Kids Day at Hill
By MITCH SHAW
Standard-Examiner staff email@example.com
HILL AIR FORCE BASE -- Jaylin Wilbert learned all about the "Call of Duty" on Thursday morning, but this time it wasn't a video game.
Wilbert, a third-grader at Hill Field Elementary School, was one of about 800 military children from the Top of Utah to go through the rigors of a deployment processing line, performing the same tasks their parents do before they head overseas.
The children, ranging from kindergartners to sixth-graders, received dog tag issues, gas mask fittings, aircraft tours and a demonstration on explosive ordnance.
Wilbert, who lists the popular video game "Call of Duty" as one of his favorite pastimes, said he enjoyed seeing the things Hill's Explosive Ordnance Disposal technicians do on a daily basis when they are deployed.
Sgt. Gabriel Wasnuk and other members of Hill's EOD team gave Jaylin and his classmates a demonstration of a bomb disposal robot.
"I play a lot of video games," Jaylin said. "So I liked the bombs and the robot that we got to see. This is real life, and it's awesome."
The children also saw military working-dog demos and entomology exhibits, all of which helped them see exactly what their loved ones would likely encounter while deployed.
Kim Taylor, a community readiness consultant with Hill's Airman & Family Readiness Center, said the activity not only gives children a chance to see what military members experience right before they deploy, but also educates them on how to cope with the temporary loss of a parent.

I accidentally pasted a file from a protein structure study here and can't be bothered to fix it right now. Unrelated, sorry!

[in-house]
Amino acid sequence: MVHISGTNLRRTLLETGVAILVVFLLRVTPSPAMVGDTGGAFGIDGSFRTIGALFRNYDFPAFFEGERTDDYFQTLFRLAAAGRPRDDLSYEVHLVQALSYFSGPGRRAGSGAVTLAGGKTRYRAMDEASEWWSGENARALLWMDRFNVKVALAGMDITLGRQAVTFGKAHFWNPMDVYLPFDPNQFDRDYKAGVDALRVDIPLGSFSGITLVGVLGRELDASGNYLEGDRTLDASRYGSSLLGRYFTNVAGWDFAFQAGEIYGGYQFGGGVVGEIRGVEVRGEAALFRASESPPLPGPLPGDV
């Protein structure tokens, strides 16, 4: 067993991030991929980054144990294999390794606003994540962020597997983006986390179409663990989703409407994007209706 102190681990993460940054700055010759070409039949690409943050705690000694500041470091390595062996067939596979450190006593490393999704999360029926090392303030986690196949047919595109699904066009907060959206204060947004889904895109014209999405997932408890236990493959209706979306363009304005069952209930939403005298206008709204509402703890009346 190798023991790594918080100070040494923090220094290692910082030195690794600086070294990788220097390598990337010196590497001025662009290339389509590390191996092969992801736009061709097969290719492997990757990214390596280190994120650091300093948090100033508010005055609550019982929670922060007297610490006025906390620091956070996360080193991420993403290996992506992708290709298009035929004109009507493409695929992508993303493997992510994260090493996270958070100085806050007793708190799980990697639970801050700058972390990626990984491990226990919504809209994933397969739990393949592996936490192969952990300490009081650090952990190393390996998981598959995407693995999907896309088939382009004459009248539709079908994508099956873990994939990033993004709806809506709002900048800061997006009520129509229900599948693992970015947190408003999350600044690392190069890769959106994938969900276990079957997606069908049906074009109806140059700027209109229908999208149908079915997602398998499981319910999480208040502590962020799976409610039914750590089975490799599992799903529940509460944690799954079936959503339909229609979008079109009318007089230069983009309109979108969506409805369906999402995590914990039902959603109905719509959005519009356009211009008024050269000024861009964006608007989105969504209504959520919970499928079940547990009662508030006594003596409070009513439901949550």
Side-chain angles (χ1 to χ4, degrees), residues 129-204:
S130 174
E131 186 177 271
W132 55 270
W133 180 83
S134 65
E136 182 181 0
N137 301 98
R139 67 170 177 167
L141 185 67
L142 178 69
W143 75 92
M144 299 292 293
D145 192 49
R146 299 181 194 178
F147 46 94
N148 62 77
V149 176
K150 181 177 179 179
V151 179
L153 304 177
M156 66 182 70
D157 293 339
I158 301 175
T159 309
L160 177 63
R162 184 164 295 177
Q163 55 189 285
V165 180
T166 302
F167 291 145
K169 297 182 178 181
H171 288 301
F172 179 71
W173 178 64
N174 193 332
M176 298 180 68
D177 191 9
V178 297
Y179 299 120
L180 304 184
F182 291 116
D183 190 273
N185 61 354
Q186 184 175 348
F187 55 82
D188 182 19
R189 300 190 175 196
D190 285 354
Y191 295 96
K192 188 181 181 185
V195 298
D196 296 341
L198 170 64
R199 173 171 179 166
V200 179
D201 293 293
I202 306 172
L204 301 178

"We're hoping to help the kids deal and cope with a family member's deployment," Taylor said. "This will have a direct impact on their understanding of what their parent does."
Children from Hill Field were given a field trip to the base in the morning and early afternoon, while children from other schools across the Top of Utah participated later Thursday evening.
Natalia Grant, a third-grader at Hill Field, said she had a single-minded vision for her Air Force education.
"I hope we can learn about how the aircraft are used," she said. "That's pretty much it."
Chris Bertoldi, a counselor at Hill Field, said deploying is nothing new for most of his students, but Thursday's more interactive approach to learning about it will likely help a great deal.
"Most of these kids are dealing with deployments every day," he said. "In one way or another, someone they know either has been in harm's way or will be soon. This, hopefully will help to alleviate some of the anxiety that comes with that."